Safety analysis to underpin decomissioning process at facilities which have produced or used radioactive nuclear materials
Adiabatic Safety Calorimeters (ARSST and VSP2)

Low thermal inertial adiabatic calorimeters specially designed to provide directly scalable data that are critical to safe process design

Other Lab Equipment and Parts for the DSC/ARC/ARSST/VSP2 Calorimeters

Products and equipment for the process safety or process development laboratory


Software for emergency relief system design to ensure safe processing of reactive chemicals, including consideration of two-phase flow and runaway chemical reactions


Facility modeling software mechanistically tracks transport of heat, gasses, vapors, and aerosols for safety analysis of multi-room facilities


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Process Safety Newsletter

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With over 40 years of industry expertise, we have a wealth of process safety knowledge to share.

Recent Posts

Peak Pool Boiling Critical Heat Flux True Hydrodynamic Limitation

Posted by Fauske & Associates on 05.21.19

By Hans K. Fauske, D.Sc., Emeritus President, ANS Fellow, AIChE Fellow, NAE Member

Hydrodynamic instabilityAs often claimed, the classic hydrodynamic instability theory by Zuber (1958) does not provide the upper external hydrodynamic limitation to onset of the heat transfer crisis for well-wetted horizontal surface,

formula 1     (1)


where formula 2= pool boiling critical heat flux, Formula 3 = latent heat of evaporation, ρ(kg m-3) = vapor density, g (9.8 m s-2) = gravitational constant, Untitled-6-2(kg s-2) = liquid surface tension, and ρl (kg m-3= liquid density. Here, I propose that the upper limiting value of the heat flux (independent of surface conditions such as porous, polished, or nanoscopically smooth surfaces) is determined by the onset of fluidization, i.e., change in flow regime from liquid to vapor continuous condition.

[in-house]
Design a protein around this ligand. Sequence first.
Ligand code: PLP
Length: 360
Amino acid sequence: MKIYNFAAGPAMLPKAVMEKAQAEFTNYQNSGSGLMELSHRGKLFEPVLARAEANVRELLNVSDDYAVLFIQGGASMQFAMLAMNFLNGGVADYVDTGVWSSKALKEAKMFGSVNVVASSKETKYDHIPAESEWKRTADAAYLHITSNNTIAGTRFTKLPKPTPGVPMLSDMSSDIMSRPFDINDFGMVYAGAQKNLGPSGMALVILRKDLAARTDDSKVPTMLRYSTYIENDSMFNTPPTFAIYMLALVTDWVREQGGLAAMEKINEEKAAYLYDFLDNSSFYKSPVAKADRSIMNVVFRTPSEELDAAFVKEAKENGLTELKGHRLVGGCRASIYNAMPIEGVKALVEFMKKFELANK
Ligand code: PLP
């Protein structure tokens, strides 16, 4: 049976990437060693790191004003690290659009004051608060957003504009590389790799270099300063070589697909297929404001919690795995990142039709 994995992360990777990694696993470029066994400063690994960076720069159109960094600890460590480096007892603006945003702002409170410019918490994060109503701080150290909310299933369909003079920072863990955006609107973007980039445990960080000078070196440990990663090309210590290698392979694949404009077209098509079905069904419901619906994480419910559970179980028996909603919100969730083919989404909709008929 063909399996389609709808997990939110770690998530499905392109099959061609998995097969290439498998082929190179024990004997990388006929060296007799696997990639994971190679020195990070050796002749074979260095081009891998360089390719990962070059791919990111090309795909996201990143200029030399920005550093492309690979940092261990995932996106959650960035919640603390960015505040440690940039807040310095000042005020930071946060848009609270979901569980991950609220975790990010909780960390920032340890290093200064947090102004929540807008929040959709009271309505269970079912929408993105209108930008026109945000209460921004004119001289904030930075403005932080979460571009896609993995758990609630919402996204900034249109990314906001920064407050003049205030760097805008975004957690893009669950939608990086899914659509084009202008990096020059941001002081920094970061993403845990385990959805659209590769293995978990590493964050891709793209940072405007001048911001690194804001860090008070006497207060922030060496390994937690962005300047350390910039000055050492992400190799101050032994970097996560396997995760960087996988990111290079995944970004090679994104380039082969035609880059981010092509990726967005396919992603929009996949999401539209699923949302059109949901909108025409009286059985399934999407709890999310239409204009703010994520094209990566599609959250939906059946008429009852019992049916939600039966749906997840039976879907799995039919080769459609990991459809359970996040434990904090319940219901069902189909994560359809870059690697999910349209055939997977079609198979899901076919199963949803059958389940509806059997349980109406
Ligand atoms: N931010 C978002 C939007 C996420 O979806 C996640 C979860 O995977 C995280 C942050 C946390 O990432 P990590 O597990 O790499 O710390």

The superficial vapor velocity jcorresponding to fluidization can be estimated from (Wallis, 1969), 

Formula 4     (2)

where α is the volume fraction of liquid droplets, and Formula 5 is the terminal droplet velocity given by (Levich, 1962),

Formula 6     (3)

Combining Eqs. (2) and (3) and setting CD = 1 and α = 0.6 (corresponding to a state when spherical liquid droplets no longer are touching each other) results in the minimum fluidization velocity,

Formula 7     (4)

and the peak critical heat flux Formula 8     (5)

It follows that Formula 9 . Here we note that the highest measured deviations from Zuber’s instability theory is a factor of 1.78 obtained on microporous surfaces with the highly-wetting FC-72 fluid (Rainey et al., 2003).

In summary, considering an appropriate hydrodynamic limit based upon a flow regime change from liquid to vapor continuous condition due to incipient fluidization (Eq. 5), this limit is clearly substantiated based upon the highest reported heat flux values obtained with well-wetting surfaces at different pressures. As such, the microporous surfaces used by Rainey et al., provide the maximum possible heat removal rates.

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Levich, V. G., 1962, “Physiochemical Hydrodynamics,” Prentice Hall .

Rainey, K. N., et al., 2003, “Pool Boiling Heat Transfer Microporous Surfaces in Surfaces in FL-72,” Journal of Heat

Transfer, Vol. 125/75 (February).

Wall is, G. B., 1969, “One-Dimensional Two-Phase Flow,” McGraw-Hill .

Zuber, N., 1958, “On the Stability of Boiling Heat Transfer,” ASME J. Heat Transfer 80(2), pp . 711-720.

Topics: Reactive Chemicals